Computer network components consist of both physical parts as well as software in order to install computer networks. The hardware components include a server, client, hub, switch, bridge, peer, and connecting devices. Software components include the protocols and the Operating System (OS).
Note: If you haven’t read the blog of our CCNA 200-301 series, I highly recommend you do so.
This blog will teach you about these network components or network devices. Make sure that you learn about all the devices carefully.
Top 8 Computer Network Components or Network Devices
The client refers to a person using a network. For example, if you’re reading this blog on your laptop, you’re a client.
Endpoint refers to any device such as a laptop, computer, or smartphone that a client uses. They connect a user/individual to a computer network and they exchange information with a computer network.
Suppose you’re watching YouTube on your computer/mobile/laptop. The video that you’re streaming is hosted by a server, which here will be a YouTuber server.
In other words, a server serves your (client) requests. It stores, sends and receives data.
A server holds the content for us. Different types of servers could be available, such as mail servers, websites, videos, and virtual servers.
Switches are networking devices that allow us to let things connect locally in a building. Note that the switches are not always local but for CCNA, we need to know that the switches are local.
For example, if there is a computer in a building that wants to communicate with another computer in that building, it can do so via a switch.
A switch receives and forwards data to the destination device. A PC is connected via an ethernet cable to the switch. You must know that switches operate at Layer 2 of the TCP/IP or the OSI model.
A router allows a Local Area Network (LAN) to talk to a Wide Area Network (WAN). Therefore, it is a Network Layer Device. As you know, computers/devices are connected to a number of switches. These switches are further connected to a router.
As you can see in the image above, there are LAN and WAN ports in a router. The function of a router is to route data packets on the basis of their IP addresses.
Switches (Layer 3)
These switches are located in Layer 3 of the TCP/IP or the OSI model. Don’t worry, we will talk about the OSI model in detail later on. For now, just know that the OSI model divides all of the network components into layers.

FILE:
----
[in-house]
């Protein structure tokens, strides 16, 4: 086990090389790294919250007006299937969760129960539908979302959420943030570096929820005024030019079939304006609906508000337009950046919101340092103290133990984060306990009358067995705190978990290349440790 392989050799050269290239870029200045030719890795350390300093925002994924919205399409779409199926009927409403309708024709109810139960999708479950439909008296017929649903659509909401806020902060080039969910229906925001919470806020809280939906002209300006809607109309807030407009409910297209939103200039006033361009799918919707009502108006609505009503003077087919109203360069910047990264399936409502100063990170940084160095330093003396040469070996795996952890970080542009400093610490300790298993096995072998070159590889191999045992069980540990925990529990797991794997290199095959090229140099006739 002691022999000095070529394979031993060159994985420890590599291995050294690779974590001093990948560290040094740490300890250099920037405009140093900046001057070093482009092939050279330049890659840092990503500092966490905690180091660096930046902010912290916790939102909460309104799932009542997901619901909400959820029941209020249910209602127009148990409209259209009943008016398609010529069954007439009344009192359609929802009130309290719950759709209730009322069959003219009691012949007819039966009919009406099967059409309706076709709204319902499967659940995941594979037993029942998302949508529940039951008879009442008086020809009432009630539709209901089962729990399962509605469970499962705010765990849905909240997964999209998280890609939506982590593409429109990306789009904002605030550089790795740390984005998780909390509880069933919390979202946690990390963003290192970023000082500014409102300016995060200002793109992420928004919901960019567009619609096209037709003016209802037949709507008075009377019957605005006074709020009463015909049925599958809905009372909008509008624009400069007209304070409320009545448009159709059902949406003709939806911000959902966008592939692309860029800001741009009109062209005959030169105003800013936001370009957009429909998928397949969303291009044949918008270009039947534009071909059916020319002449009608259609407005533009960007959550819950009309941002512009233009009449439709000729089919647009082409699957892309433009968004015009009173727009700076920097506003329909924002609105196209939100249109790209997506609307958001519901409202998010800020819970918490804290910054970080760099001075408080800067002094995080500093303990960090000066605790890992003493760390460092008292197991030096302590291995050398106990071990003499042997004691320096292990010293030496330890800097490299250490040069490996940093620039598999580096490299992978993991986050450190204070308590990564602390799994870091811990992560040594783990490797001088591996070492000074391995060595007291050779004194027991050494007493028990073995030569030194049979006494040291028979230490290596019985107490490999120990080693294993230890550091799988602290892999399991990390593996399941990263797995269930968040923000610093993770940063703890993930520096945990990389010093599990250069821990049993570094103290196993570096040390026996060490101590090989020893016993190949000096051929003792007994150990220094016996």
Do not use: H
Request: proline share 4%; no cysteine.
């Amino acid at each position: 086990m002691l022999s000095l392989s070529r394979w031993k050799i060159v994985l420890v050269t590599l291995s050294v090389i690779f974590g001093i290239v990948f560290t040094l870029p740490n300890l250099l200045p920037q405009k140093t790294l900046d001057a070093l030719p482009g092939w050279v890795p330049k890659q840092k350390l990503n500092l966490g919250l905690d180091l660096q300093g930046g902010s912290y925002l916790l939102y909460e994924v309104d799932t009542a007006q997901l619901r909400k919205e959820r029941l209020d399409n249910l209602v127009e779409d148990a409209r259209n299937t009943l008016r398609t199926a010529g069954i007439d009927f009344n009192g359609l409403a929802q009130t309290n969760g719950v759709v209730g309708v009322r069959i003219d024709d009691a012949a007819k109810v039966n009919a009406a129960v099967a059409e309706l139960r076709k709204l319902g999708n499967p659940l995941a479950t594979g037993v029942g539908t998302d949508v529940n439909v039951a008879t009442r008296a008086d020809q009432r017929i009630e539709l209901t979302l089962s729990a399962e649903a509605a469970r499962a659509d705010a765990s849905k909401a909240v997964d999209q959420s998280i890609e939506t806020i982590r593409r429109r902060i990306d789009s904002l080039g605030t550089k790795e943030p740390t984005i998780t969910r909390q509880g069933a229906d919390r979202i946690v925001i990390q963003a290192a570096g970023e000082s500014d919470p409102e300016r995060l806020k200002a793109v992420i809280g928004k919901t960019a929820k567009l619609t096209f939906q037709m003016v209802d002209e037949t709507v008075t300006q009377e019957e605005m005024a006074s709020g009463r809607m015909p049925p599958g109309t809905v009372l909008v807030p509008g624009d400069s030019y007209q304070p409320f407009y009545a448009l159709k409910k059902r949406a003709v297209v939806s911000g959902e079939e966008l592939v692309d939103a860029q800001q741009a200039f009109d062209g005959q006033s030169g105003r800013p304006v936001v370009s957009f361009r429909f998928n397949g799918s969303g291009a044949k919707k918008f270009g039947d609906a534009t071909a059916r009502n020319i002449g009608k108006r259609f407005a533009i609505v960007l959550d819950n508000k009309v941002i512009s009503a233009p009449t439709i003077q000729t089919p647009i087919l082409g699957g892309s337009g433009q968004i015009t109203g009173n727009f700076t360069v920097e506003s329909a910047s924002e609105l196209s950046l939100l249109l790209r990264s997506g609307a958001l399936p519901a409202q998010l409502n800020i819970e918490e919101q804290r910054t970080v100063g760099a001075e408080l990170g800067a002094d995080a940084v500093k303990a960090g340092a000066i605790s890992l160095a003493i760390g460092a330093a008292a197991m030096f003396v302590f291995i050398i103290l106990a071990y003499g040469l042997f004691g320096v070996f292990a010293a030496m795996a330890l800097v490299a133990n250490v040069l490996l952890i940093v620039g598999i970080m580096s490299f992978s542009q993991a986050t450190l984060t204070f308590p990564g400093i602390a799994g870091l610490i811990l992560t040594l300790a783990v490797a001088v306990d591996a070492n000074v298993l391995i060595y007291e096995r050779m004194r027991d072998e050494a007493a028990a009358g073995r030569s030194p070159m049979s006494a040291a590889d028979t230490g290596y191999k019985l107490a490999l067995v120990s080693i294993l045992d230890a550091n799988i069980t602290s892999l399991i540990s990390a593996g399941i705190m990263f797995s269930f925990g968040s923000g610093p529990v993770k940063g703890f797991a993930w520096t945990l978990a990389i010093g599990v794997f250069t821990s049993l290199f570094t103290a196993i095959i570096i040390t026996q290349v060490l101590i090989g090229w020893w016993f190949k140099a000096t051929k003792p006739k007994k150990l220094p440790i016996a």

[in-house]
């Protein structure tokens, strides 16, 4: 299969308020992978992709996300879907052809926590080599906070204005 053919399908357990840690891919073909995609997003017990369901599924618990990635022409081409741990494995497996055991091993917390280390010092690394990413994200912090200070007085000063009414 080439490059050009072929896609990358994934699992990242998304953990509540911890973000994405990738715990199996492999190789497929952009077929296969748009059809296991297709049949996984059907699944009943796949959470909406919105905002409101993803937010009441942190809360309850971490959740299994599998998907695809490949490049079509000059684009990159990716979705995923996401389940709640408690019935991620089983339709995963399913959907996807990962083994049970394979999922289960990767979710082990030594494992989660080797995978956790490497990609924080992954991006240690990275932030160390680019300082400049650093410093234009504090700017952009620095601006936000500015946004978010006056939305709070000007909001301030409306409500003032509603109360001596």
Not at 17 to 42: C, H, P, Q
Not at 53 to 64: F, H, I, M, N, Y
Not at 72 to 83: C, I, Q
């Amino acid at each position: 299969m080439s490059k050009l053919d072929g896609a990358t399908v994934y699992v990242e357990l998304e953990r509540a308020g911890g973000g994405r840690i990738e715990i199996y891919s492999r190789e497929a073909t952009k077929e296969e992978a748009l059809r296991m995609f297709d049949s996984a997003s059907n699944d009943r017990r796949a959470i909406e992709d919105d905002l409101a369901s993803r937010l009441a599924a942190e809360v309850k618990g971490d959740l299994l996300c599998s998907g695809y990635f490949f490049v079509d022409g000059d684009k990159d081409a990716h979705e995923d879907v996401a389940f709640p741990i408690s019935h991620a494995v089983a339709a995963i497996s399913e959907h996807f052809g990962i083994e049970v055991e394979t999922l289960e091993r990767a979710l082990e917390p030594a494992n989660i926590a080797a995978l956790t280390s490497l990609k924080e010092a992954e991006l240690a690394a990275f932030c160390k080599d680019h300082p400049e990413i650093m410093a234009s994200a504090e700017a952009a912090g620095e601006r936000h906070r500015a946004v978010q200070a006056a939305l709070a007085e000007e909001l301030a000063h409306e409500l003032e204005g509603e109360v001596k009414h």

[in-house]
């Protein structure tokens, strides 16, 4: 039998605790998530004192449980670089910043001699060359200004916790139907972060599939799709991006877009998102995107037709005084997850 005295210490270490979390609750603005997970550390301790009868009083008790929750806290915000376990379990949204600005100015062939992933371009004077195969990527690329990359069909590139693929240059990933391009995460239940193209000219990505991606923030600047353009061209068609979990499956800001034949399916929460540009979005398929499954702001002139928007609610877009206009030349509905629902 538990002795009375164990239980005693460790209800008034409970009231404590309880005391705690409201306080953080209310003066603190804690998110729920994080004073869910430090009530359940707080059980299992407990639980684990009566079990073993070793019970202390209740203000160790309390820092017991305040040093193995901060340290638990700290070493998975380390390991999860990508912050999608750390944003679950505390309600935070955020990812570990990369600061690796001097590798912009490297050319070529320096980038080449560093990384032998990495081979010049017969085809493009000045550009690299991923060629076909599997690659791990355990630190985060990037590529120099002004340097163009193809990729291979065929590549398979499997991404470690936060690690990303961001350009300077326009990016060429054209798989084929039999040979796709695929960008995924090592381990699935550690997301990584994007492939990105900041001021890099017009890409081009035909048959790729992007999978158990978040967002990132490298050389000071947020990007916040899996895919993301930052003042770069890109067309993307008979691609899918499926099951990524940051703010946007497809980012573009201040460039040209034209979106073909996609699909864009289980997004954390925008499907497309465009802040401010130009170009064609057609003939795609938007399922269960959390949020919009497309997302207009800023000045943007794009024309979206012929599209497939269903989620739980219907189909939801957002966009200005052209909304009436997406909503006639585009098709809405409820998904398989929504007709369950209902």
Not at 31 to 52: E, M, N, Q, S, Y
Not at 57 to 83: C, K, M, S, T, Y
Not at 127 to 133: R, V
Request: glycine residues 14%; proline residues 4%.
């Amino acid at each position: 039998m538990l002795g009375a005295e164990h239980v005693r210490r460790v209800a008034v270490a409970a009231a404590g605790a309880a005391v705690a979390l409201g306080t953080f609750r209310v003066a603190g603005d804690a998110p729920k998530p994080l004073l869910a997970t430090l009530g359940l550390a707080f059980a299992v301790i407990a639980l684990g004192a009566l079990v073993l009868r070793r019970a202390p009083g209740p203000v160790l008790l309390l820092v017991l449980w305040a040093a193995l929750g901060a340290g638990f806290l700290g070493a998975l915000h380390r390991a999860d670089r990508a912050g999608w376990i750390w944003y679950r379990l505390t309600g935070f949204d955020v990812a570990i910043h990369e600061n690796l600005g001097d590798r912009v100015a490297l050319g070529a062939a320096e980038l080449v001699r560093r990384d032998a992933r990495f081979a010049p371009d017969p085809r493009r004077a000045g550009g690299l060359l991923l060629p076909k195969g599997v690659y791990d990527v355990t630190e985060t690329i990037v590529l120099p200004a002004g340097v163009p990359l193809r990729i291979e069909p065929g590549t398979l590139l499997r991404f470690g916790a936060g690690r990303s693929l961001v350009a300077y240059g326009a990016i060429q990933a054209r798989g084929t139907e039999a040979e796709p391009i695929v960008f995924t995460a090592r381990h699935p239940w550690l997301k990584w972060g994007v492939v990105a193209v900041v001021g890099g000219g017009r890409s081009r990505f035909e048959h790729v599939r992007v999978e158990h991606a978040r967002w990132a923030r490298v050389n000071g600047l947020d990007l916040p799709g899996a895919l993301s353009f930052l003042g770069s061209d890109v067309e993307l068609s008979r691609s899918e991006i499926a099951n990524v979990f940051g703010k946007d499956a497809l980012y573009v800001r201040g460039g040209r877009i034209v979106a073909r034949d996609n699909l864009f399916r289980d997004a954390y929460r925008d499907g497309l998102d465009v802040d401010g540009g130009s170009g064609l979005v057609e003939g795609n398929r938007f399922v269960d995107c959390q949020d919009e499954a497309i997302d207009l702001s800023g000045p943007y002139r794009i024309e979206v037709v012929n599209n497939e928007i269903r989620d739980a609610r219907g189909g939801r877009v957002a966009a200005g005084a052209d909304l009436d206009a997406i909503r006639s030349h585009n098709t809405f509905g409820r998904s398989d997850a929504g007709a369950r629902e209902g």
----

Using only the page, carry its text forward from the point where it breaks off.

These switches differ from the Layer 2 switches in their functioning. These switches are called Layer 3 switches because they have the capabilities of a router (situated in Layer 3 of the TCP/IP model).
These switches do not need a router to connect to a WAN. They’re directly connected to WAN.
Layer 2 vs. Layer 3 switch:
- A Layer 2 switch is present within a LAN.
- Once traffic crosses a router and enters Layer 3, it is considered that it has entered an interconnected network of LANs, referred to as Virtual Local Area Networks (VLANs).
Therefore, a Layer 3 switch is used in the case of inter-VLANs.
From the above image, you can see when a multilayer switch (Layer 3 switch) is used and when a Layer 2 switch is used!
A repeater is a network device that is used to boost up weak signals. Its function is to regenerate weak signals.
For example, if a signal travels for some distance in a TV cable, its intensity starts to drop. Here, a repeater can regenerate the same signal by copying it bit by bit.
Note: A repeater does not amplify the signal, it simply copies and regenerates it.
A hub is a hardware device in networking that is used to connect multiple computers or connections in a network.
- In other words, hub is a multiport repeater.
- It broadcasts the information to all the computers connected to it, i.e., it automatically sends all the information to all the connected devices via ports.
- It usually used to connect computers in a LAN.
- A hub cannot filter data.
- Hub works on the half-duplex transmission mode, i.e., it cannot receive and send information at the same time.
Hub does not provide any security.
A bridge is a networking device that is used to separate Local Area Network (LAN) into a number of sections.
- A bridge receives data/information from the first network and then examines it.
- In the examination process, it notes down the MAC address and the port number of each hub.
- Then it sends the data to the devices in the second network according to their MAC addresses.
Therefore, a bridge is a repeater which can filter the content by reading MAC address of the source and destination.
- We can extend a network by using a bridge.
- It cannot stop the messages once it has broadcasted them.
It’s a Wrap!
That’s all in this blog for now! Learning about networking devices is very important for Cisco Certified Network Associate (CCNA) exam preparation. Your basics must be clear before you hop on to other advanced topics.
This blog of our CCNA series is the best to start your CCNA learning journey. Stay tuned for upcoming Cisco CCNA 200-301 related blogs!
Next blog: Types of Network Topology Architectures
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